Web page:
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- Category Hunting
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- Prostaff Member Doug Leier
Here's a question to ponder across the back fence or over a cup of coffee as all the major hunting seasons except deer gun get into full swing: When it comes to hunting success, what's more important, habitat or access?
On one hand, without a decent habitat base you won't have much wildlife, so incentive for people to buy hunting licenses is low. On the other hand, if there's not a place to hunt, what good are fields full of pheasants or skies dark with ducks?
While these factors are not easily separated from one another, the edge in importance must go to habitat, because without it, the need for access is irrelevant.
Judging from many conversations I’ve had over the last few years, many hunters seem satisfied with North Dakota's combination of habitat, game abundance and access. It's that overall combination and balance of each variable that equates into a hunting community responding "not too bad" when asked how satisfied they are with hunting in general.
Not everyone, of course, is always satisfied, but the state has experienced growth in the number of people buying hunting licenses in recent years, so something positive is taking place.
One of those positive factors is the North Dakota Game and Fish Department'sPrivate Land Open to Sportsmen program, which will again this fall provide about 1 million acres of walk-in public hunting access on private land. Understand the intention of PLOTS was never to provide the main source of access for hunters, but rather to provide supplementary places to hunt for people who arranged for themselves at least some access to private land.
Initially the primary focus of the PLOTS program was Conservation Reserve Program acres, which is also the habitat backbone for many species in the state. Two years ago, North Dakota had about 3.4 million acres of CRP. Since then, nearly 600,000 acres have come out of the program, with additional contracts totaling more than 200,000 acres set to expire this fall.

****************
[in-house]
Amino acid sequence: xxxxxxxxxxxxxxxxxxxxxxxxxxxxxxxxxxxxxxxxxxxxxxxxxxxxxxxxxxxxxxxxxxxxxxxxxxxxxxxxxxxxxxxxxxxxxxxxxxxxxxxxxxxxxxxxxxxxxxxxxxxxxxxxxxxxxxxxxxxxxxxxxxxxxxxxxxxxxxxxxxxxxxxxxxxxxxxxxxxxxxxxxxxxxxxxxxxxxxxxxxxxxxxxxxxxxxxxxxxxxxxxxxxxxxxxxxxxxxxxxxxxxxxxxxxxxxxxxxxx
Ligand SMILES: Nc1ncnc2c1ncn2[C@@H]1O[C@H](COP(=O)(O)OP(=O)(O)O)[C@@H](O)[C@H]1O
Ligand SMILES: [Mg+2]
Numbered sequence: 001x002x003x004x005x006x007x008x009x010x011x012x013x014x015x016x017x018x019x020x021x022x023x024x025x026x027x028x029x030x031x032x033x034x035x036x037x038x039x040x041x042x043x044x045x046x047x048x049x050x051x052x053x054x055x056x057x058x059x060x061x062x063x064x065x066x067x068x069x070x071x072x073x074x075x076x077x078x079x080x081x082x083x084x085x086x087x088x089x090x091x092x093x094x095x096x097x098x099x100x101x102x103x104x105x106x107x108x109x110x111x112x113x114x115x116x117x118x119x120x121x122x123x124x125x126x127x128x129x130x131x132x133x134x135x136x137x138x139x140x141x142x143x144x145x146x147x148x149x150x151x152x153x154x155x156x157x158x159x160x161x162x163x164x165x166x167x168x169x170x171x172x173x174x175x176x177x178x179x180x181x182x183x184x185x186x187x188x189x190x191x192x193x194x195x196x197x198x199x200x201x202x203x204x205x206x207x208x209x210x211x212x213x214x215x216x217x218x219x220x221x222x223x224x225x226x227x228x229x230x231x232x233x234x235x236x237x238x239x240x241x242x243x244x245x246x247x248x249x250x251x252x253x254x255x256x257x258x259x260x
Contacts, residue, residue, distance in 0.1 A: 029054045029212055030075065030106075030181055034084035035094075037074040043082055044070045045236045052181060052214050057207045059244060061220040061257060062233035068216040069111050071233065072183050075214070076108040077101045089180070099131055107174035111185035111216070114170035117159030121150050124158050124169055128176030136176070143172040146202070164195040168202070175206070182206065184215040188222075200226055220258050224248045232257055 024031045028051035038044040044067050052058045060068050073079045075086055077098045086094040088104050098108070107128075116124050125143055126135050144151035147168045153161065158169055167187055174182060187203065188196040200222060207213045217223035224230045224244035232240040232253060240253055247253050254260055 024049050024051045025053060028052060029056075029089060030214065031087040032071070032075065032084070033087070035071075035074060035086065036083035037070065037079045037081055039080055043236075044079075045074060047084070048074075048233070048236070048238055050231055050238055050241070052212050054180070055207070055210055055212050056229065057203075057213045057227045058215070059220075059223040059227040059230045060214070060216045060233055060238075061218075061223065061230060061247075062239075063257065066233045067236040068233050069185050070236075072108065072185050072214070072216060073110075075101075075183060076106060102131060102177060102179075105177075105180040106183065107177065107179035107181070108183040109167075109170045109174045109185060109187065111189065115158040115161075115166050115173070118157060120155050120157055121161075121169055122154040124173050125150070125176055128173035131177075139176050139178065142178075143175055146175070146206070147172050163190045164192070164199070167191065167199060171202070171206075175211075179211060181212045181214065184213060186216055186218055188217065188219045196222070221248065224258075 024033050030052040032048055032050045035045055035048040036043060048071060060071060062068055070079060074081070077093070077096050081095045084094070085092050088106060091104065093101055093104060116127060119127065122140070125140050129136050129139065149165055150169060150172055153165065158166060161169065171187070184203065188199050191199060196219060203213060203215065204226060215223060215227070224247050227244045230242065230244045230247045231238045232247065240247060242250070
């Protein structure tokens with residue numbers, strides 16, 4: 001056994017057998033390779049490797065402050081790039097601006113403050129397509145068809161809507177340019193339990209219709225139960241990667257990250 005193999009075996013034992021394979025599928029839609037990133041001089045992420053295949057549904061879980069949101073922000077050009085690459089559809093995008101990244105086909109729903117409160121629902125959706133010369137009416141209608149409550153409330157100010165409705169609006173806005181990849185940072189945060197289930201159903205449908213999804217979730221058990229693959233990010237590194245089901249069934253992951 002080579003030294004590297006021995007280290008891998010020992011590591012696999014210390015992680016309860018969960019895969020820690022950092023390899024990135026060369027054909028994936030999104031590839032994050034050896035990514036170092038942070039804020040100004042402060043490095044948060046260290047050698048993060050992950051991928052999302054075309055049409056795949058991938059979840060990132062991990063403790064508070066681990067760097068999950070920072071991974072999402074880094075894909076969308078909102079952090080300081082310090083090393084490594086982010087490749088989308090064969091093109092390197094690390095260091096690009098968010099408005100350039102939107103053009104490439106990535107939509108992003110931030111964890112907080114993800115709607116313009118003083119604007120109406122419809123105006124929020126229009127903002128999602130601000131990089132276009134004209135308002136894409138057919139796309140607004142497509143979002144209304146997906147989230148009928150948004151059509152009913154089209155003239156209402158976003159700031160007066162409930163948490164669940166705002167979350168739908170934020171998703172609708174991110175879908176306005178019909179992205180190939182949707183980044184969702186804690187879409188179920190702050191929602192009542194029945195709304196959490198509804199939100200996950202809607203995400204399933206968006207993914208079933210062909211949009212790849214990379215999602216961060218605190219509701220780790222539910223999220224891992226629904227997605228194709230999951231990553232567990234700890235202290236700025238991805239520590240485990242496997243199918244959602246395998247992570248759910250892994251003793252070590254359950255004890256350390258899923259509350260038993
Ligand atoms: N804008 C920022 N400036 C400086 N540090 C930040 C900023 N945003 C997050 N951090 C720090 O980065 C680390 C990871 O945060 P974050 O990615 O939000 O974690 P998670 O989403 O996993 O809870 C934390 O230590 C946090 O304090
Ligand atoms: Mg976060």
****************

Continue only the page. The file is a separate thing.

Some of that CRP land was enrolled in the PLOTS program and some was not. While Game and Fish has been able to enroll enough new tracts to roughly maintain the amount of CRP land in the PLOTS program at around 500,000 acres, the lost CRP outside PLOTS is not going unnoticed by hunters.
Regardless of whether it is open to public access, most CRP land in North Dakota provides a place for people to hunt at one time or another during fall. While not every acre that came out of the CRP is no longer a viable place to hunt, 600,000 fewer acres is, in the short term, probably more noticeable in terms of hunting places lost, than lower pheasant numbers.
With less CRP, pheasants and deer will move to nearby acres where habitat remains. So will hunters, creating more competition for space on public and private land.
That's not to say overall hunting in North Dakota won't be good this year. It's a matter of perspective, as some will readily admit an empty bag or rained out hunt is still better than a day at work.
It's important for hunters to understand the changes occurring on the prairie. CRP will be down, PLOTS stable, ducks up and pheasant numbers lower, but the exact degree will depend on where you hunt. As always, it will be an interesting fall in North Dakota.
Leier is a biologist for the Game and Fish Department. He can be reached by email: firstname.lastname@example.org